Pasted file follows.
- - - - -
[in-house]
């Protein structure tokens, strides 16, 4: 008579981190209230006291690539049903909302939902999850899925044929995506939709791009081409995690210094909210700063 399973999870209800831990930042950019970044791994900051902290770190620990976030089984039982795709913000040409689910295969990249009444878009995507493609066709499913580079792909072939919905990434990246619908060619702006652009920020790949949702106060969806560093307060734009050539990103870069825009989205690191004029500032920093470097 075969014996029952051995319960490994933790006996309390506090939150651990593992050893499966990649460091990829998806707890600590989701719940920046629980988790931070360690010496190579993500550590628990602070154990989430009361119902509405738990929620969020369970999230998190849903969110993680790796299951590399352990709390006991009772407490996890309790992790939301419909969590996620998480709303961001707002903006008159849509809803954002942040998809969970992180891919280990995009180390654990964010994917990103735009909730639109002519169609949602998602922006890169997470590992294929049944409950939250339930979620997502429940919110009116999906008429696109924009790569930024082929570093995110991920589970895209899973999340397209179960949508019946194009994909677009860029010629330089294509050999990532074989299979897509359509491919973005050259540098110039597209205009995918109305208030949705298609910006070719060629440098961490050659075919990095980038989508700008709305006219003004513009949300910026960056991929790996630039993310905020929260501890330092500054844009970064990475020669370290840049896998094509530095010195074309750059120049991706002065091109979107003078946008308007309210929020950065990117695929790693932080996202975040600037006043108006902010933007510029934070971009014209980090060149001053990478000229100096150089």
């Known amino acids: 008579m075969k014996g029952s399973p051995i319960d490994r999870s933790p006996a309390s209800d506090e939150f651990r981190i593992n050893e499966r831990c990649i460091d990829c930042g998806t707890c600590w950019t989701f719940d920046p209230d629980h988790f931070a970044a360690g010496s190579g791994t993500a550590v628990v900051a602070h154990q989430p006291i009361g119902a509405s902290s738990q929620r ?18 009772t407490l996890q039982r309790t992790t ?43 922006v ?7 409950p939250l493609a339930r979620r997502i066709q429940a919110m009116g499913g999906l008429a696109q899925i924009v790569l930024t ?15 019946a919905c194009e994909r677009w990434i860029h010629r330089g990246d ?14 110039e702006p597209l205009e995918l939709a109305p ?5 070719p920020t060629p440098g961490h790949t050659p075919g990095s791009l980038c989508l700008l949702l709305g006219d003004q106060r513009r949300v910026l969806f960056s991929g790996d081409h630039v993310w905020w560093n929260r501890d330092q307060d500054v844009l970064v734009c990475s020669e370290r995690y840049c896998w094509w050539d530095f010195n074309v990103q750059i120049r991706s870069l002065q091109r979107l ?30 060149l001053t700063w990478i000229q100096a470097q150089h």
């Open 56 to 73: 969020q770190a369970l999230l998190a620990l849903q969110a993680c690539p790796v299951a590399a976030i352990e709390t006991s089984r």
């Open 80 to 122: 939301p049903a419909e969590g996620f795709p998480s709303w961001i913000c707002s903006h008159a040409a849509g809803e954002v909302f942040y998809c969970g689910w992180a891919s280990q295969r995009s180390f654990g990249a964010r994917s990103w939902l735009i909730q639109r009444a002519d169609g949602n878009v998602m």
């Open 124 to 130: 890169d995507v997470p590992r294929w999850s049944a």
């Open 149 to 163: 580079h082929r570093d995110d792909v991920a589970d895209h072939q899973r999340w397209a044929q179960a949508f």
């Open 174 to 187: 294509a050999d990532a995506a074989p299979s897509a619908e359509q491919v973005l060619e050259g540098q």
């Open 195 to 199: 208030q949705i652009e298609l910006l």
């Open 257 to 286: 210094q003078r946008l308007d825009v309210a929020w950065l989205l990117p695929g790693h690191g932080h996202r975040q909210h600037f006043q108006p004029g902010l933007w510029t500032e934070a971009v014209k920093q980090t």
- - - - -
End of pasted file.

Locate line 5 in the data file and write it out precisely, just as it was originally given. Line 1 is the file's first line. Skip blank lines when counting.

């Open 80 to 122: 939301p049903a419909e969590g996620f795709p998480s709303w961001i913000c707002s903006h008159a040409a849509g809803e954002v909302f942040y998809c969970g689910w992180a891919s280990q295969r995009s180390f654990g990249a964010r994917s990103w939902l735009i909730q639109r009444a002519d169609g949602n878009v998602m």